Mexico drug cartel commander pleads guilty in murder of U.S. official

NEW YORK Thu May 23, 2013 3:58pm EDT

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NEW YORK (Reuters) - A Mexican drug cartel commander known as "Tweety Bird" pleaded guilty on Thursday in federal court in Washington to ordering the ambush and murder of U.S. immigration agents in 2011, according to U.S. officials.

The plea related to a February 2011 incident when two "hit squads" from the Los Zetas drug cartel forced an armored U.S. government vehicle off a highway near Mexico City and surrounded it, federal prosecutors said.

Zetas commander Julian Zapata Espinoza, known as "El Piolin" (Tweety Bird), ordered U.S. Immigration and Customs Enforcement special agents Jaime Zapata and Victor Avila out of the car, said Acting Assistant Attorney General Mythili Raman of the U.S. Justice Department's Criminal Division.

When the agents refused, identifying themselves as American diplomats from the U.S. embassy, Espinoza ordered the gunmen to fire on the vehicle. Zapata was killed and Avila was seriously wounded but survived, officials said.

Espinoza pleaded guilty to the murder of Zapata and the attempted murder of Avila. He had been extradited from Mexico to the United States in December 2011, and indicted by a grand jury in April 2012.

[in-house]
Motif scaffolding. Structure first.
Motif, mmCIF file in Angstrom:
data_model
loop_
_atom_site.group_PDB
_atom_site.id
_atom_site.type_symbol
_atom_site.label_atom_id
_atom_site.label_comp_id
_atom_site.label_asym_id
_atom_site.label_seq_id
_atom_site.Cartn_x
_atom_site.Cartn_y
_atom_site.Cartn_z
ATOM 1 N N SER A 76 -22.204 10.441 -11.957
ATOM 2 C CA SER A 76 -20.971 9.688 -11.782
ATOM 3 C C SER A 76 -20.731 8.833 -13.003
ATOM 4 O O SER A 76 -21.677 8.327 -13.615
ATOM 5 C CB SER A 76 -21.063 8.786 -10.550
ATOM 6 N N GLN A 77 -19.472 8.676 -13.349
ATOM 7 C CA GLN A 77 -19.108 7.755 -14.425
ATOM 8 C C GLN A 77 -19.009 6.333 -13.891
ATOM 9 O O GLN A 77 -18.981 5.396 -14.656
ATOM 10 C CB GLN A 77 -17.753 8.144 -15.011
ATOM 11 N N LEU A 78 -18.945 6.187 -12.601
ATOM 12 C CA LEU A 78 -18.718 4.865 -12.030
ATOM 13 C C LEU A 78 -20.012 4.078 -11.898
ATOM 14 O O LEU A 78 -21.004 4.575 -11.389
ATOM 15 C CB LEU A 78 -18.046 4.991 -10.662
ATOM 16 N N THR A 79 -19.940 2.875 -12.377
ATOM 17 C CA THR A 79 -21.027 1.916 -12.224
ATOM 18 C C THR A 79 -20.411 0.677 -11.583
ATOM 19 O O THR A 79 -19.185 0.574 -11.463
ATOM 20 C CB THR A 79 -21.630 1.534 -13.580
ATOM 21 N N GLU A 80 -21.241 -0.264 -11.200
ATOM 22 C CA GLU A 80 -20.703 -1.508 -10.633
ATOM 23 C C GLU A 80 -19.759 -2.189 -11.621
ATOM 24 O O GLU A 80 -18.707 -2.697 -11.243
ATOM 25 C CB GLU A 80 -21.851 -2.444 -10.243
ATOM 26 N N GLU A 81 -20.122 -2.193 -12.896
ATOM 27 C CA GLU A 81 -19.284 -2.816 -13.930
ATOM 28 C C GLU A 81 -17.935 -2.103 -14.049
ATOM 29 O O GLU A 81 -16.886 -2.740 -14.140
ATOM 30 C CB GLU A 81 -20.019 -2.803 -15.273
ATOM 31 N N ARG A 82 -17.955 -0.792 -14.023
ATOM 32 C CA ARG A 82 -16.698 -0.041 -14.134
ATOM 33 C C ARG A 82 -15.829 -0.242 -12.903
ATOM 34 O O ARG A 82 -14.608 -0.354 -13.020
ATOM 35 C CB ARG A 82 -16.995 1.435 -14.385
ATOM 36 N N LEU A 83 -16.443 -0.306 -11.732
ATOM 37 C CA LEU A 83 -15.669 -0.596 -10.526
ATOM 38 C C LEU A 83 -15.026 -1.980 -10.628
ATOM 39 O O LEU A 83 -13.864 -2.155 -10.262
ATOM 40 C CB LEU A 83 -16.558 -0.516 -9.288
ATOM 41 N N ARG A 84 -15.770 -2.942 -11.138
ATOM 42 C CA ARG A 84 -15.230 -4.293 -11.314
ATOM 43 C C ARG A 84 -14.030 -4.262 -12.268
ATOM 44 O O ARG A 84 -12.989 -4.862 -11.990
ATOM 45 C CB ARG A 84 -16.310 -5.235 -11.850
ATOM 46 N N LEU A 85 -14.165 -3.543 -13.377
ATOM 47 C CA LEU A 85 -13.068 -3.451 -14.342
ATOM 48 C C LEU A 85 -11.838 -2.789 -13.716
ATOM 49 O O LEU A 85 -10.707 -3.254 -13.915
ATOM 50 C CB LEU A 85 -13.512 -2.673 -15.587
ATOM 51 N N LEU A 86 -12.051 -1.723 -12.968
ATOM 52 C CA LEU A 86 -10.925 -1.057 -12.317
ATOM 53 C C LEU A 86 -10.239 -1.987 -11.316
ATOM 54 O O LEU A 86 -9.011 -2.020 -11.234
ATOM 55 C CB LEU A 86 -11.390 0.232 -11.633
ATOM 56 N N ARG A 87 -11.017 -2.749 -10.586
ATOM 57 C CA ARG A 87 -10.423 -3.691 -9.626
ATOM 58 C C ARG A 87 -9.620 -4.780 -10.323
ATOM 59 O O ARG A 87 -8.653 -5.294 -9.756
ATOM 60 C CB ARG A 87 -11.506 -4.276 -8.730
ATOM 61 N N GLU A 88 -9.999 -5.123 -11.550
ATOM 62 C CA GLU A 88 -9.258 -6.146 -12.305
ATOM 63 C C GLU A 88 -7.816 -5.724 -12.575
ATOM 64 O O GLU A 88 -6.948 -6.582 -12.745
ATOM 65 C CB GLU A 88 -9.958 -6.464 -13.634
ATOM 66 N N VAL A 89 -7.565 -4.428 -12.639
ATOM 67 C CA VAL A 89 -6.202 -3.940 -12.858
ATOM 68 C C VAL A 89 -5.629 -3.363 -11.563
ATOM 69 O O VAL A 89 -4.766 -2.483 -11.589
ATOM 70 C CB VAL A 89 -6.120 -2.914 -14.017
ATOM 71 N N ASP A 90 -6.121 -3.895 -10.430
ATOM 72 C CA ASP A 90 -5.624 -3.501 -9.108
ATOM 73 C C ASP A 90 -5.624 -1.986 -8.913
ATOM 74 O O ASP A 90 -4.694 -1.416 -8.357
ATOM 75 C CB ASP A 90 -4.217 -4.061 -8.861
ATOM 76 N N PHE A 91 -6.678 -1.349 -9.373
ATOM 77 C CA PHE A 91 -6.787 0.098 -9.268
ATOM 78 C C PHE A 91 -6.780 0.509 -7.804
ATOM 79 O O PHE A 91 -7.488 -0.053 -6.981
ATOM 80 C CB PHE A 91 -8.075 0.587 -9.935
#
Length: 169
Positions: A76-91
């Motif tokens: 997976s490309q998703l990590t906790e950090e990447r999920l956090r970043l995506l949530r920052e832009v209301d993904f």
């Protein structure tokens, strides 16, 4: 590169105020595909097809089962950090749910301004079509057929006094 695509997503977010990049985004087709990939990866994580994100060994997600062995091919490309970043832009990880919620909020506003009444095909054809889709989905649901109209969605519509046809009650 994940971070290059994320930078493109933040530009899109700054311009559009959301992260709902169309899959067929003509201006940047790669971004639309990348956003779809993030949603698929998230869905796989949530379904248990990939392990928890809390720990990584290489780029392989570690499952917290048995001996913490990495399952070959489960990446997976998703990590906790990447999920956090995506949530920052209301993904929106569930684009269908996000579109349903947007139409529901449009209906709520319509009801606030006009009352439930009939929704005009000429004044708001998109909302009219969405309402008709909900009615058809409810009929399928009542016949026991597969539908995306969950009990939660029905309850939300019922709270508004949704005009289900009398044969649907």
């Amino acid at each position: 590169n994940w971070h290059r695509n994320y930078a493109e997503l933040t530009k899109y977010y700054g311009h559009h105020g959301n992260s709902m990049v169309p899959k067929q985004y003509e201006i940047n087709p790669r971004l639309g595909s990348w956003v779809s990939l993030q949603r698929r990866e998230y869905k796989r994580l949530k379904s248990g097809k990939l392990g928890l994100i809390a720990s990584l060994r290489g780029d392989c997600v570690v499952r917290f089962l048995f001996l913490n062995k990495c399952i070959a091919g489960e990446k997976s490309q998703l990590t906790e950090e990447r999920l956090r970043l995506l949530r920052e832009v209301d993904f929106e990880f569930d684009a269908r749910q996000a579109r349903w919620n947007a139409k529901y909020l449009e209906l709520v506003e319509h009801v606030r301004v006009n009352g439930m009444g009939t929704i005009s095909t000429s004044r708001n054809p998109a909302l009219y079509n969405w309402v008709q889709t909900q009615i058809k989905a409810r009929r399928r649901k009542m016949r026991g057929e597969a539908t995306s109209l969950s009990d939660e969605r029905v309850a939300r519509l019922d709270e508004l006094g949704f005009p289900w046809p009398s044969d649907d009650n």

The court on Thursday unsealed three earlier guilty pleas related to the attack. Two other men admitted to being Zetas cartel members and participating in the attack, and a third admitted to assisting the Zetas in the deadly ambush.

All four men face a maximum sentence of life in prison. No sentencing date has been set yet.

U.S. officials have traditionally responded with relentless pressure on Mexican drug gangs who target American law enforcement officials.

When U.S. Drug Enforcement Agent Enrique "Kiki" Camerena was abducted and killed in 1985 by the Zetas gang members, U.S. officials "virtually shut down the border ... and began car to car searches, ostensibly for Camerena," said Nathan Jones, a drug policy analyst at Rice University's James Baker School of Public Policy.

"What they were really doing was establishing a deterrent, drawing a line in the sand," Jones said. "And it worked. Within about a month, the Zetas gave up what most analysts call a ‘sacrificial lamb' member to pay for the kidnapping."

Oliver Revell, who was head of the Federal Bureau of Investigation's Criminal Investigative Division at the time, agreed.

"We made them pay a price they didn't want to pay again," Revell told Reuters.

The sentiment was echoed on Wednesday by the current head of the same FBI division.

"Let it be known that an attack against any federal agent serving his or her country is an attack on all federal agents, and as such remains a priority for the FBI until those responsible are brought to justice," Assistant Director Ronald T. Hosko said in a statement.

(Reporting by Chris Francescani; Editing by Scott Malone and Richard Chang)

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